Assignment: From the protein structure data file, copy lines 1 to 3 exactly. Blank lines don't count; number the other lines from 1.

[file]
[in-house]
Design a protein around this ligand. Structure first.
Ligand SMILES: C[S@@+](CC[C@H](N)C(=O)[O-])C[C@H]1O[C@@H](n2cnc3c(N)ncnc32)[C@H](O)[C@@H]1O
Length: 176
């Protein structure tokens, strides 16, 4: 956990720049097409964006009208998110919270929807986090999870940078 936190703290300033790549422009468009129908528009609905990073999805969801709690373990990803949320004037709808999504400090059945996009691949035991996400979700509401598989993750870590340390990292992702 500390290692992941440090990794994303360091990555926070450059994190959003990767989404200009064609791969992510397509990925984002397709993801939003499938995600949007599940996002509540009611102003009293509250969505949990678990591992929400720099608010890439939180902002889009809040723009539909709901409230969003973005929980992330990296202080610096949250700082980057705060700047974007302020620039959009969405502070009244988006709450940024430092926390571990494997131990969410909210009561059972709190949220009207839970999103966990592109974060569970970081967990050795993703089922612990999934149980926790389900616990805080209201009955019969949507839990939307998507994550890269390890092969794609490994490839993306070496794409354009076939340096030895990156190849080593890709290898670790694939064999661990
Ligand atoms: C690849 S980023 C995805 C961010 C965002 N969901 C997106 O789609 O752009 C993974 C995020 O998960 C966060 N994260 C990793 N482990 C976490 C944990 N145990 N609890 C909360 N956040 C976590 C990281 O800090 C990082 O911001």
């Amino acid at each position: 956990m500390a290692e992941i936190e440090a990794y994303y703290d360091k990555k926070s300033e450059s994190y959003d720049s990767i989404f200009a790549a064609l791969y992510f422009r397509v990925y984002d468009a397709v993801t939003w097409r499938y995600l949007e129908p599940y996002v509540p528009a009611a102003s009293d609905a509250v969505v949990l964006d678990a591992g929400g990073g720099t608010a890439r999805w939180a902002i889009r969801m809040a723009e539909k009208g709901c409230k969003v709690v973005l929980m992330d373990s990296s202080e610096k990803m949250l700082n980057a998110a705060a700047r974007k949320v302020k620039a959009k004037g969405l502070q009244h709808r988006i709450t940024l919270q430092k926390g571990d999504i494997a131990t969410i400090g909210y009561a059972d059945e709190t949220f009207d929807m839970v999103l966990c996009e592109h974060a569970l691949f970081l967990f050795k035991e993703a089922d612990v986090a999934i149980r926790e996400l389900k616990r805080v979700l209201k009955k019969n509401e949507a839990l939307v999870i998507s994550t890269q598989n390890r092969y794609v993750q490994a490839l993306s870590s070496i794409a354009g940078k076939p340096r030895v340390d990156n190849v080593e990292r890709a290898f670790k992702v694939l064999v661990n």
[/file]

[in-house]
Design a protein around this ligand. Structure first.
Ligand SMILES: C[S@@+](CC[C@H](N)C(=O)[O-])C[C@H]1O[C@@H](n2cnc3c(N)ncnc32)[C@H](O)[C@@H]1O